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Marshall‐Olkin Copula‐Based Models

Abstract and Keywords

This article, which shows that the Marshall–Olkin model can be a viable alternative to the standard Gaussian copula, is organized as follows. Section 2 introduces the Marshall–Olkin model. Section 3 derives the copula function of default times. Section 4 studies the aggregate default distribution. Section 5 discusses the model calibration. Section 6 compares Marshall–Olkin with the Gaussian and t-copula, and Section 7 uses the Marshall–Olkin copula to reproduce the correlation skew in the collateralised debt obligation market.

Keywords: Marshall–Olkin model, Gaussian copula model, t-copula, collateralised debt obligation

1 Introduction

The problem of correlating multiple credits boils down to the specification of a copula function, which links the marginal default distributions. There is a growing literature that addresses this problem. The main approach that has emerged as the market standard is the Gaussian copula approach. The idea of using a Gaussian copula to model the default times' dependence in basket products goes back to Li (2000). It was also used implicitly in the CreditMetrics framework and the KMV (Kealhofer, McQuown, Vasicek) firm‐value approach. The t‐copula is an extension of the Gaussian copula with a higher tail dependence. It allows for a better modelling of extreme events' risk. A good reference on t‐copulas and the pricing of small baskets can be found in Mashal and Naldi (2002a, 2002b).

In this chapter, we study another alternative: the Marshall‐Olkin copula. This latter was first used in the context of basket credit derivatives pricing by Duffie (1998), then by Duffie and Garleanu (2001). The Marshall‐Olkin copula was traditionally used in reliability theory to model the failure of multi‐component systems. In this set‐up, the failure of each component is assumed to be contingent on some independent Poisson shocks. This is also known as a multivariate Poisson model. A good description of these models can be found in Barlow and Proschan (1981). The Marshall‐Olkin copula can also be viewed as the limiting distribution of a multivariate binary model (Wong 2000). One practical feature of the Marshall‐Olkin approach is the simplicity of its Monte Carlo implementation. In addition, it has a number of useful analytical results for aggregate portfolio distributions (see Lindskog and McNeil 2003).

The purpose of this chapter is primarily to show that the Marshall‐Olkin (MO) model can be a viable alternative to the standard Gaussian copula. This is achieved in three steps. First, we present the MO framework. Second, we propose (p. 258) a parameterization procedure of the model based on market intuition and observed market prices. And third, we compare the Marshall‐Olkin copula with its elliptical counterparts: the Gaussian and the t‐copula.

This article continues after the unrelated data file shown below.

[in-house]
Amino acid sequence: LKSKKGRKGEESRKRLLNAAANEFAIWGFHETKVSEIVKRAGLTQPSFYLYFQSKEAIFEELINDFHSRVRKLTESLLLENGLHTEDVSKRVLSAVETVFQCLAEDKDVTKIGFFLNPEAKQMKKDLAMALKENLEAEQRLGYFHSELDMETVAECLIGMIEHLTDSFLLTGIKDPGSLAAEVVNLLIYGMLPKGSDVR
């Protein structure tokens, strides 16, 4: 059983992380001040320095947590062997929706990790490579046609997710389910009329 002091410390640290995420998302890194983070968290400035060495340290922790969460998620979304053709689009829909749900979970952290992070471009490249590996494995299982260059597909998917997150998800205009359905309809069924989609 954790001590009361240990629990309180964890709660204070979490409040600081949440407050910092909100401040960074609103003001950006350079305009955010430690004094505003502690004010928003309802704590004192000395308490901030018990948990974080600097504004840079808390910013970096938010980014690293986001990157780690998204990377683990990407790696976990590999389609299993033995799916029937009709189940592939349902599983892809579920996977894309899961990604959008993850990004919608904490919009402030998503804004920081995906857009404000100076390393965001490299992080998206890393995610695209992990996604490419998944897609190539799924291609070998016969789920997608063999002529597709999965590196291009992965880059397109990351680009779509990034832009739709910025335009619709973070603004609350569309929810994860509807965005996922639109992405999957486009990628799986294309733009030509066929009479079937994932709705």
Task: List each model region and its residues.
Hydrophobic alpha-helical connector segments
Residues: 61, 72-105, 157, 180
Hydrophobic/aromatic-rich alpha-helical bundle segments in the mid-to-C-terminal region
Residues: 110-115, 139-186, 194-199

The rest of the chapter is structured as follows. In section 2, we introduce the Marshall‐Olkin model. In section 3, we derive the copula function of default times. In section 4, we study the aggregate default distribution. In section 5, we discuss the model calibration. In section 6, we compare Marshall‐Olkin with the Gaussian and t‐copula. In section 7, we use the Marshall‐Olkin copula to reproduce the correlation skew in the CDO market.

2 The model

We work on probability space (Ω, 𝔖, P), on which is given a set of n non‐negative random variables (τ1,…, τn) representing the default times of a basket of obligors.

We introduce, for each obligor i, the right‐continuous processDti1{τit} indicating whether the firm has defaulted or not.

We assume that there exists a set of m independent Poisson processes(Ntcj)t0 with intensitiesλcj+, which can trigger simultaneous joint defaults.

Each Poisson processNcj can be equivalently represented by the sequence of event trigger times{θrcj}r{1,2,}.

At the rth occurrence of an event of type cj, we draw a set of independent {0, 1}‐ valued Bernoulli variables(Aθrcj1,j,,Aθrcjn,j) with probabilities (p1, j,…, pn, j, pi, j ∈ [0, 1]. The variableAθrcji,j indicates whether a default of type i has occurred or not.

The process(Nti)t0 defined as

Ntij=1mθrcjtAθrcji,j,
(1)

is also a Poisson process with intensity

λi=j=1mpi,jλcj.
(2)

It is obtained by superpositioning m independent (thinned) Poisson processes.

The default time τi is defined as the first jump time of the Poisson process(Nti)t0:

τiinf{t:Nti>0}.
(3)

This common shock model can also be described formally by the following stochastic differential equation (SDE) (p. 259)

dDti=(1Dti)j=1mAti,jdNtcj.
(4)

This description was used, for instance, in Duffie (1998).

3 The copula function

In this section, we derive the copula function of the shock model described above. To this end, we shall use the ‘equivalent fatal shock model’ of Lindskog and McNeil (2003).

3.1 Equivalent fatal shock model